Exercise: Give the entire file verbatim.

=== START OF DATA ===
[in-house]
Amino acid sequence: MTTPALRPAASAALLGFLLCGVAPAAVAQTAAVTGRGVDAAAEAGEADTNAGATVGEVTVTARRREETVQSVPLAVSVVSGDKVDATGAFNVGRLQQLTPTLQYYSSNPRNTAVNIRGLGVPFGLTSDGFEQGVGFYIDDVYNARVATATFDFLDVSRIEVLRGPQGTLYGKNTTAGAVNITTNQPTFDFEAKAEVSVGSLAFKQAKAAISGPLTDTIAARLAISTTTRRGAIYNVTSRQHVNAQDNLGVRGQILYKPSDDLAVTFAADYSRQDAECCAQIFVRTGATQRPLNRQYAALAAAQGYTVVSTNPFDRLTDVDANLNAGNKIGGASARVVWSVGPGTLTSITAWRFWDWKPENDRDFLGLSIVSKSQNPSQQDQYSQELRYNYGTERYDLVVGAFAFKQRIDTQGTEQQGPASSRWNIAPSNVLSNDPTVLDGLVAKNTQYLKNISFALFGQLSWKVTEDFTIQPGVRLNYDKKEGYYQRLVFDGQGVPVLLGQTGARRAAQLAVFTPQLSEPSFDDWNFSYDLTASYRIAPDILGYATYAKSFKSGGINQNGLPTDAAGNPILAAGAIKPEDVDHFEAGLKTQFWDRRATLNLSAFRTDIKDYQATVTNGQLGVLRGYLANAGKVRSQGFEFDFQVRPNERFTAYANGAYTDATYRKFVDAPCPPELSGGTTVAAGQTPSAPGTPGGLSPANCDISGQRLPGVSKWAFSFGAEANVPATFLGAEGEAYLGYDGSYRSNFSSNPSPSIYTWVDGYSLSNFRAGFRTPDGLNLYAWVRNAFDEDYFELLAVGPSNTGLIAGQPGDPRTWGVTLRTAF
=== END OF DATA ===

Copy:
[in-house]
Amino acid sequence: MTTPALRPAASAALLGFLLCGVAPAAVAQTAAVTGRGVDAAAEAGEADTNAGATVGEVTVTARRREETVQSVPLAVSVVSGDKVDATGAFNVGRLQQLTPTLQYYSSNPRNTAVNIRGLGVPFGLTSDGFEQGVGFYIDDVYNARVATATFDFLDVSRIEVLRGPQGTLYGKNTTAGAVNITTNQPTFDFEAKAEVSVGSLAFKQAKAAISGPLTDTIAARLAISTTTRRGAIYNVTSRQHVNAQDNLGVRGQILYKPSDDLAVTFAADYSRQDAECCAQIFVRTGATQRPLNRQYAALAAAQGYTVVSTNPFDRLTDVDANLNAGNKIGGASARVVWSVGPGTLTSITAWRFWDWKPENDRDFLGLSIVSKSQNPSQQDQYSQELRYNYGTERYDLVVGAFAFKQRIDTQGTEQQGPASSRWNIAPSNVLSNDPTVLDGLVAKNTQYLKNISFALFGQLSWKVTEDFTIQPGVRLNYDKKEGYYQRLVFDGQGVPVLLGQTGARRAAQLAVFTPQLSEPSFDDWNFSYDLTASYRIAPDILGYATYAKSFKSGGINQNGLPTDAAGNPILAAGAIKPEDVDHFEAGLKTQFWDRRATLNLSAFRTDIKDYQATVTNGQLGVLRGYLANAGKVRSQGFEFDFQVRPNERFTAYANGAYTDATYRKFVDAPCPPELSGGTTVAAGQTPSAPGTPGGLSPANCDISGQRLPGVSKWAFSFGAEANVPATFLGAEGEAYLGYDGSYRSNFSSNPSPSIYTWVDGYSLSNFRAGFRTPDGLNLYAWVRNAFDEDYFELLAVGPSNTGLIAGQPGDPRTWGVTLRTAF